Now that stochastic gene expression has been established as being an important biological effect, researchers are delving ever more deeply into the process of gene expression itself. This analysis includes trying to understand what biochemical reactions are the most prone to stochastic behavior and thus contribute the most to cellular variability. This week's papers include a theoretical examination of the sources of stochastic gene expression as well as a remarkable real-time visualization of stochastic gene expression.

Further Information on stochastic gene expression:

- MATLAB® code implementing Gillespie Algorithm (M)

  This is a Gillespie stochastic simulation of a constitutively expressed


- Stochastic gene expression dynamics (PDF)

   This is the output of the MATLAB code that implements the Gillespie
   Algorithm for a constitutively expressed gene.

6 Structure of biological networks One of the central goals of systems biology is to understand how the wiring of genetic networks allows them to perform cellular functions. While much is now known about what sets of genes interact, only recently have we begun to understand why those particular sets of interactions are useful. Through this week's papers, we will learn about efforts to find functional units ("network motifs") within large gene interaction networks and also check whether a particularly common motif actually work as theory predicts.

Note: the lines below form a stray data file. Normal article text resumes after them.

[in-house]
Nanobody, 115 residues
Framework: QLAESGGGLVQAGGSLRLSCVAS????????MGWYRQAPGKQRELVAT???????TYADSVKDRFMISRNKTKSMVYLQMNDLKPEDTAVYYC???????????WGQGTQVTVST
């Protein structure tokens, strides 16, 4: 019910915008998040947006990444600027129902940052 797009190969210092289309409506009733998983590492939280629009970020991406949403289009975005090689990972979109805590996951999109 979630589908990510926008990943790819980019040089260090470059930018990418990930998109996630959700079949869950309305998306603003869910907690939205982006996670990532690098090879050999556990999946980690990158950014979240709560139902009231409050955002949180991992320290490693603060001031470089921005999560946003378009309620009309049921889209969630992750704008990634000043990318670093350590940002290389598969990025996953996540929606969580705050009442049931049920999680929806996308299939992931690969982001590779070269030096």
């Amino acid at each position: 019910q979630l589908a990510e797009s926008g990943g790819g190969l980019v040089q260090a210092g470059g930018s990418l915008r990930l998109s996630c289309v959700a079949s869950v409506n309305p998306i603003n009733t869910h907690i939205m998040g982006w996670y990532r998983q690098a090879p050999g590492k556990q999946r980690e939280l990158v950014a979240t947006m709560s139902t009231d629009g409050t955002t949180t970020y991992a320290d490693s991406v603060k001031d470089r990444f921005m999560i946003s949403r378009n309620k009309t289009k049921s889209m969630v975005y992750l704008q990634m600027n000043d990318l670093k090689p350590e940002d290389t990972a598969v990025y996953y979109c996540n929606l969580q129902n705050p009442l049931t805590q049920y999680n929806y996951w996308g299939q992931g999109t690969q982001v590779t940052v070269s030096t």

7 Physical limits of gradient and concentration sensing Microorganisms live in an environment very different from the world that we are used to. This week we will discuss a paper describing the basic physical challenges facing a cell. Although physics in the regime of small size and high viscosity make some things impossible, microbes have nevertheless found some surprising solutions to the challenges they face.
8 Field trip This week we will attend the "Boston Area Systems and Synthetic (BASS) Biology Meeting" at the Harvard-MIT Broad Institute. Hyun will be one of the three speakers at the seminar! The students will hear exciting current research in systems and synthetic biology taking place in the Boston area – the "silicon valley" for systems and synthetic biology.